Aesthetics Exploration: Visual Psychedelia

The Birth of Psychedelia

In 1943, scientist Albert Hofmann synthesized and experimented with LSD, and in the resulting decades, this drug influenced art in a revolutionary way. LSD was initially picked up by many surrealist scholars and artists who were connected with Hofmann, and it had a heavy influence in the literature created during the time, before spreading into visual art. Surrealism and psychedelia both aim to better understand the subconscious mind, but psychedelia does so with inspiration from mind-altering substances.

Initial Artists

One of the first artists to pick up psychedelia was Antonin Artaud, who was primarily known for his writing, as well as his work in cinema, theatre. His work built off of surrealism, which was the predecessor to psychedelia, and his art appeared messy and unorganized to many people. However, his style heavily influenced many artists in the coming years. Artaud worked with André Masson, who was a painter and artist living near Artaud. They would create art under altered states of consciousness, alongside many other artists. Their work can be seen below.

Picture provided by Picryl – Antonin Artaud – self-portrait (1947)

Picture provided by Flickr – André Masson – Portrait of Goethe [1940]

Another artist who was critical to the birth of psychedelia was Henri Michaux. He was known for being a poet, writer and painter, and had many literary works that detailed his experiences on LSD. His work was noticed by many individuals who were experimenting with psychedelics, and aided in the popularization of LSD at the turn of the 1960’s. Below is a painting by Michaux, which was featured recently in a French museum.

Picture provided by Guggenheim Bilbao – Henri Michaux. The Other Side

The 1960’s Counterculture

Eventually, LSD and many other psychoactive drugs became very popular, and many musicians began taking these drugs as a way of inspiring creativity. Their psychedelic music became mainstream, and as such, they needed album covers and art that was psychedelic yet pleasing to the eye. At the head of this movement was the Grateful Dead, and many fans flocked to their events covered in psychedelic attire. Many artists arose during this time, including the great Rick Griffin, who created lots of art for the Grateful Dead, and Stanley Mouse, who also created art for the Grateful Dead, as well as the band Journey.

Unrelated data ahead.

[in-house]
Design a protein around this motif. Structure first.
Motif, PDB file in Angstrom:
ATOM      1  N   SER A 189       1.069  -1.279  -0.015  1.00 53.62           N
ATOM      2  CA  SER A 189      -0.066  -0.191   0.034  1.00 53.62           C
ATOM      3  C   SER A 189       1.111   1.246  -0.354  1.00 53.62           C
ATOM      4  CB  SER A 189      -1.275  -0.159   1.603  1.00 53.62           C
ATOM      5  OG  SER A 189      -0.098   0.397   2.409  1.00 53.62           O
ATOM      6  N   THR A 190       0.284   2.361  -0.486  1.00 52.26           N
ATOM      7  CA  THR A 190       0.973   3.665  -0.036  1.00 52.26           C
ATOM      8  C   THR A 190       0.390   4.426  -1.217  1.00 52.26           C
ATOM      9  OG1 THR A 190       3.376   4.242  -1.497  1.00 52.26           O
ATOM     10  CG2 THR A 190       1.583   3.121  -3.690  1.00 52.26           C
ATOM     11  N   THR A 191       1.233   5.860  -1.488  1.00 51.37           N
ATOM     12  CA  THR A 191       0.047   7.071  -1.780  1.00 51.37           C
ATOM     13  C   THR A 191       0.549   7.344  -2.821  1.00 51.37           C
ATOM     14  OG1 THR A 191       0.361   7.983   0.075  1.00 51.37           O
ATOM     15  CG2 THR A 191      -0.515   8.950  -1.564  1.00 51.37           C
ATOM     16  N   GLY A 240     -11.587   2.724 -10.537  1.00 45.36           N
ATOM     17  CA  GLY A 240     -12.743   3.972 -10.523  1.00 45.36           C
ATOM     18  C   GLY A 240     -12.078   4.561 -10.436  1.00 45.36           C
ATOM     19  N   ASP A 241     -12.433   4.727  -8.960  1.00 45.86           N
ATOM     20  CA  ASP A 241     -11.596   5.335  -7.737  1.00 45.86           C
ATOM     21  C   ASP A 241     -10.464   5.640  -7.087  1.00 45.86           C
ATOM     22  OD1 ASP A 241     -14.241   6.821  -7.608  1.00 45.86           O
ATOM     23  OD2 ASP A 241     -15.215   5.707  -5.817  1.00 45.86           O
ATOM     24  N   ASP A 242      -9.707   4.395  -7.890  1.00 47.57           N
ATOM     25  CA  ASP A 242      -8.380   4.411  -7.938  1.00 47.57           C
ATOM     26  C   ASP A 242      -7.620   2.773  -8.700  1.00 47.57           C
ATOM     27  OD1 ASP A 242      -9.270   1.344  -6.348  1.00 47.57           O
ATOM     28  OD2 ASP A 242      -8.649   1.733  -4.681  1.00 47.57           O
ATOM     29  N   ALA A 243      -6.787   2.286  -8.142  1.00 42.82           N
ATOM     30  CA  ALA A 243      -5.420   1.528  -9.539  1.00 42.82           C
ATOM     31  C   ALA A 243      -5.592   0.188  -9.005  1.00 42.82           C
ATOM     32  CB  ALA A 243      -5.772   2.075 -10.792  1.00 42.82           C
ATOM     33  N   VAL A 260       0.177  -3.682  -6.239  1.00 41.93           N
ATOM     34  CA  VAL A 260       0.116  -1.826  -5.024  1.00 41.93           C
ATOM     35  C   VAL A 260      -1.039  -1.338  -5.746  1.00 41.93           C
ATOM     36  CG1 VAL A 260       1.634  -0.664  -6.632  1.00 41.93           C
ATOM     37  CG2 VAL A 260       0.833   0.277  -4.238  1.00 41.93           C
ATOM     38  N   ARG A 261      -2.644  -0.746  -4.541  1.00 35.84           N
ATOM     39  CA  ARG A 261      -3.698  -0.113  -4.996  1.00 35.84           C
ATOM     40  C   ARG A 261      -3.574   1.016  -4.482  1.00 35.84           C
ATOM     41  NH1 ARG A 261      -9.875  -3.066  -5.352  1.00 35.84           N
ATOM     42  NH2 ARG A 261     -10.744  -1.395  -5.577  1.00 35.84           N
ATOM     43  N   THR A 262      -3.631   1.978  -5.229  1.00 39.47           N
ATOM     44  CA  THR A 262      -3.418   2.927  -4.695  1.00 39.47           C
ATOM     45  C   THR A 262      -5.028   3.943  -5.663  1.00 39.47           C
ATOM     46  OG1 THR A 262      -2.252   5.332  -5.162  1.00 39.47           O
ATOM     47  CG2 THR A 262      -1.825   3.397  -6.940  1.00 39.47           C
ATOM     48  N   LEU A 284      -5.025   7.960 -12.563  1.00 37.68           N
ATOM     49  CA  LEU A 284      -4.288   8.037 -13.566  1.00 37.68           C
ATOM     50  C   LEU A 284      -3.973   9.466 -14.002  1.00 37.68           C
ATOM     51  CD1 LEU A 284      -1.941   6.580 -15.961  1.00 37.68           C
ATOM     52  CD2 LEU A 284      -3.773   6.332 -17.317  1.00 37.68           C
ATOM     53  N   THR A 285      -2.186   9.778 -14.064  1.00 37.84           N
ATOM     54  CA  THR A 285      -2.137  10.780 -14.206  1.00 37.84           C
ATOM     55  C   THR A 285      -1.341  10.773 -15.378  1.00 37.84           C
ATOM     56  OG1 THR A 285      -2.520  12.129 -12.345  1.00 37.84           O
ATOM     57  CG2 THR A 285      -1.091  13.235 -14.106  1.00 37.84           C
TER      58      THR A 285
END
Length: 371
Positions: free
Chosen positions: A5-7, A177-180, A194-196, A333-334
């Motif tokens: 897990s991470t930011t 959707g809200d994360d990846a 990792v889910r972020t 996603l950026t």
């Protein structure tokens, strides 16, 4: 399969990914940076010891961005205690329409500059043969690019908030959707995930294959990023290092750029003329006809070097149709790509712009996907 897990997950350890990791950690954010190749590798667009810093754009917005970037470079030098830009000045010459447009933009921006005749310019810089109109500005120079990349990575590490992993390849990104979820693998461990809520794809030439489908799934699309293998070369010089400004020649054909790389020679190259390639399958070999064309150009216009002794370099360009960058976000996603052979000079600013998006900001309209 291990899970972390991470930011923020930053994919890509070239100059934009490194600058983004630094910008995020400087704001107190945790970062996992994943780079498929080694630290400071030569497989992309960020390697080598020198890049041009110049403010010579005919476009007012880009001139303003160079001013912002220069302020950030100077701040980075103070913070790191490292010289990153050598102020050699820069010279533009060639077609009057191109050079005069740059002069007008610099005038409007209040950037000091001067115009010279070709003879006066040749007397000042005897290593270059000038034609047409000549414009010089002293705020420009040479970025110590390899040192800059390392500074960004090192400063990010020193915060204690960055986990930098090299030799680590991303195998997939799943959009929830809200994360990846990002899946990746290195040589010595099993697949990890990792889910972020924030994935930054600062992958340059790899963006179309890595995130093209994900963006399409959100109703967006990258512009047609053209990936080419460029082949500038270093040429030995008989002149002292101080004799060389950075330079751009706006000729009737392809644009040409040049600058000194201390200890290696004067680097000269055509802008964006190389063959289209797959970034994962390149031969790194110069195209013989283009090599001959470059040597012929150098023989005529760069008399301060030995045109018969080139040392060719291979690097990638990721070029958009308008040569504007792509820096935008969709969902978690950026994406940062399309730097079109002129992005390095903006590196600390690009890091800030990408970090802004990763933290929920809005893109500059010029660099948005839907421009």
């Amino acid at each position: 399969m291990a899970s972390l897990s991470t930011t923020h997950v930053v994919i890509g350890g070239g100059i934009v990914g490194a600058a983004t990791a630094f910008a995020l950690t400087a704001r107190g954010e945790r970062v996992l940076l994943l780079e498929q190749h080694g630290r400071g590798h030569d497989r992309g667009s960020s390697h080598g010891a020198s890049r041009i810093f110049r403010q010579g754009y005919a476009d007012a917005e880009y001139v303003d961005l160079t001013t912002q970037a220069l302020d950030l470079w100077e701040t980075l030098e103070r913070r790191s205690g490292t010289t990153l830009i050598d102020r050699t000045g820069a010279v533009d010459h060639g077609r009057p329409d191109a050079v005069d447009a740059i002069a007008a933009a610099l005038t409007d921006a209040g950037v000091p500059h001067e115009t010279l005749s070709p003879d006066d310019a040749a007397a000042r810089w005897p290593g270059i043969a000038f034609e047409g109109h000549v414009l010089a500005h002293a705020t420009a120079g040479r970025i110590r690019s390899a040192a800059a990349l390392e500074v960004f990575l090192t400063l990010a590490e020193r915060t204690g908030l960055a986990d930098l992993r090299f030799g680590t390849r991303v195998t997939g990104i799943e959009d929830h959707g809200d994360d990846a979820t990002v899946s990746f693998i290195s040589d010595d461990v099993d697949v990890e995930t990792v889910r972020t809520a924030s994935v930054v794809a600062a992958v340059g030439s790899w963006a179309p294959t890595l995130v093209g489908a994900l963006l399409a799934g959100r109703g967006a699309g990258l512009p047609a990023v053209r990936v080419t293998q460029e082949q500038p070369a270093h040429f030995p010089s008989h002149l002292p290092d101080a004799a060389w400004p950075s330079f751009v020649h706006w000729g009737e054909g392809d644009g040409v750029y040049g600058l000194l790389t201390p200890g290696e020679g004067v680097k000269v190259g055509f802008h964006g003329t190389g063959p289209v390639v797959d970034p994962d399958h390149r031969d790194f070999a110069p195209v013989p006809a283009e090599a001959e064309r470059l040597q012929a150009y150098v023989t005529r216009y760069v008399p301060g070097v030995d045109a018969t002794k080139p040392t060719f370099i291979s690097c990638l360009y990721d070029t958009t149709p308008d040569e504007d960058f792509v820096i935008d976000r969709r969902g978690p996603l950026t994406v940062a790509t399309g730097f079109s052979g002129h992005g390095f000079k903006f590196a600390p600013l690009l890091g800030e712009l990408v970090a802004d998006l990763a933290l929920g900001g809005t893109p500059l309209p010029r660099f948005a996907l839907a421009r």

Picture provided by Flickr – Grateful Dead Clown Art by Rick Griffin

Picture provided by Wikimedia Commons – Grateful Dead Painting

Picture provided by Gallery 1506 – Journey Evolution World Tour 1979 Poster by Stanley Mouse

Lasting Impact of Psychedelia

Today, psychedelic art is still found throughout culture, ranging from album covers to tie-dye artwork and clothing. Additionally, as psychedelic drugs such as weed and psilocybin become legalized and decriminalized across the United States, many young artists are discovering psychedelics for the first time, leading to a small resurgence in psychedelic art, especially within ski and surf culture. The field of psychedelia will likely remain active throughout society as we attempt to better understand the subconscious mind, and will continue to remain active for many generations to come.


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2 Comments. Leave new

  • Ethan Polacsek
    January 28, 2024 12:26 pm

    Dylan this is a great post! I think it was very cool that you showed how psychedelic art has been changing with time but has always remained based in the surreal. I think that’s why this aesthetic produces art that is interesting. Since the art is so surreal it is always extraordinary to tell what is going on. I also like that you brought up psychedelia’s ties to music. I think that an aesthetic can also inspire a sound style and attitude that music instills in people. This is a very cool idea and a cool post.

  • Brandon Phillips
    January 28, 2024 11:24 am

    As someone who doesn’t know much about visual psychedelic art, I found it very cool how you presented the evolution of the aesthetic throughout time in a way that was very easy to follow. You mentioned how psychedelic art is still around in today’s culture through objects with tie-dies, and I was wondering if there were any other key characteristics, patterns, or art styles that define most pieces of psychedelic art today, or in other time periods.


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